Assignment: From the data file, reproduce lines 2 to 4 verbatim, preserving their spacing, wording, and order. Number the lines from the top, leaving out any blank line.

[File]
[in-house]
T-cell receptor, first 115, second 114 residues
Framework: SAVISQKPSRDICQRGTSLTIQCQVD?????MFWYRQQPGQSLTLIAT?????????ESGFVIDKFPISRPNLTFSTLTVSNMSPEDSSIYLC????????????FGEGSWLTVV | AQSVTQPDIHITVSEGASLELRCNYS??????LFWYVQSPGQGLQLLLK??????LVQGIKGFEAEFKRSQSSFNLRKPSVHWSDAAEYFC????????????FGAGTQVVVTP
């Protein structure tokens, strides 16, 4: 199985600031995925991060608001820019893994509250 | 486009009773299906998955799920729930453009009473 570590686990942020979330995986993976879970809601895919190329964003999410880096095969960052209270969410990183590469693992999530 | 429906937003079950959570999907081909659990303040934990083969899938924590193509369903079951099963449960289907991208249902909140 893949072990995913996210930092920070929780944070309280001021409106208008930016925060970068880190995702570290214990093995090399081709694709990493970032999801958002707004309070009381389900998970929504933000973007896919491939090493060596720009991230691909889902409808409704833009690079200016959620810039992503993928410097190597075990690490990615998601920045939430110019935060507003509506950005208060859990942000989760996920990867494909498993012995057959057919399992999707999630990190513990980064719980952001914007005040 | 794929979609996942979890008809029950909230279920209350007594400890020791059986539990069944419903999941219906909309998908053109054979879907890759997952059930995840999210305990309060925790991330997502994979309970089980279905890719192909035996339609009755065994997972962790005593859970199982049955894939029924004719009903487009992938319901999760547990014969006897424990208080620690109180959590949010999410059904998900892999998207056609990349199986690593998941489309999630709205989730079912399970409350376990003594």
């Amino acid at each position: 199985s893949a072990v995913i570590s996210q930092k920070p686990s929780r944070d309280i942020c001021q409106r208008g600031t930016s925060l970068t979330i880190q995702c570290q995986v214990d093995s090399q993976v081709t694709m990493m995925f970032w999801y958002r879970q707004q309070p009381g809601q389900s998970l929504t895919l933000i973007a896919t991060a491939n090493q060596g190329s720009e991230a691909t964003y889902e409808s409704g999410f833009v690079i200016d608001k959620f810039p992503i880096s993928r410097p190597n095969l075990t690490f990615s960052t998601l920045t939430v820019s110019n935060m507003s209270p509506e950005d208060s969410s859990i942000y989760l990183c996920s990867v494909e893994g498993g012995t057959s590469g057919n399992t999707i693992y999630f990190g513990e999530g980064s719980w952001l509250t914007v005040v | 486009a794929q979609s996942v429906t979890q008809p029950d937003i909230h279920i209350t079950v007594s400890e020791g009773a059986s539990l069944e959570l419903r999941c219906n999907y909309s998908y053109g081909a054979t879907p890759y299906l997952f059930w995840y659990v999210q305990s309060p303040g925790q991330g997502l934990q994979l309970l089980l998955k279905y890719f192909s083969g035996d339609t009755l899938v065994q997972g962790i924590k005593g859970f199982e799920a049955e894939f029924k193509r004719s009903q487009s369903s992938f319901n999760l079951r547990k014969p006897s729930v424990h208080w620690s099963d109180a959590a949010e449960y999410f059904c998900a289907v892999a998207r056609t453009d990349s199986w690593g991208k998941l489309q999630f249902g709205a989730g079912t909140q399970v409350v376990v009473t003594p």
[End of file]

T-cell receptor, first 115, second 114 residues
Framework: SAVISQKPSRDICQRGTSLTIQCQVD?????MFWYRQQPGQSLTLIAT?????????ESGFVIDKFPISRPNLTFSTLTVSNMSPEDSSIYLC????????????FGEGSWLTVV | AQSVTQPDIHITVSEGASLELRCNYS??????LFWYVQSPGQGLQLLLK??????LVQGIKGFEAEFKRSQSSFNLRKPSVHWSDAAEYFC????????????FGAGTQVVVTP
């Protein structure tokens, strides 16, 4: 199985600031995925991060608001820019893994509250 | 486009009773299906998955799920729930453009009473 570590686990942020979330995986993976879970809601895919190329964003999410880096095969960052209270969410990183590469693992999530 | 429906937003079950959570999907081909659990303040934990083969899938924590193509369903079951099963449960289907991208249902909140 893949072990995913996210930092920070929780944070309280001021409106208008930016925060970068880190995702570290214990093995090399081709694709990493970032999801958002707004309070009381389900998970929504933000973007896919491939090493060596720009991230691909889902409808409704833009690079200016959620810039992503993928410097190597075990690490990615998601920045939430110019935060507003509506950005208060859990942000989760996920990867494909498993012995057959057919399992999707999630990190513990980064719980952001914007005040 | 794929979609996942979890008809029950909230279920209350007594400890020791059986539990069944419903999941219906909309998908053109054979879907890759997952059930995840999210305990309060925790991330997502994979309970089980279905890719192909035996339609009755065994997972962790005593859970199982049955894939029924004719009903487009992938319901999760547990014969006897424990208080620690109180959590949010999410059904998900892999998207056609990349199986690593998941489309999630709205989730079912399970409350376990003594």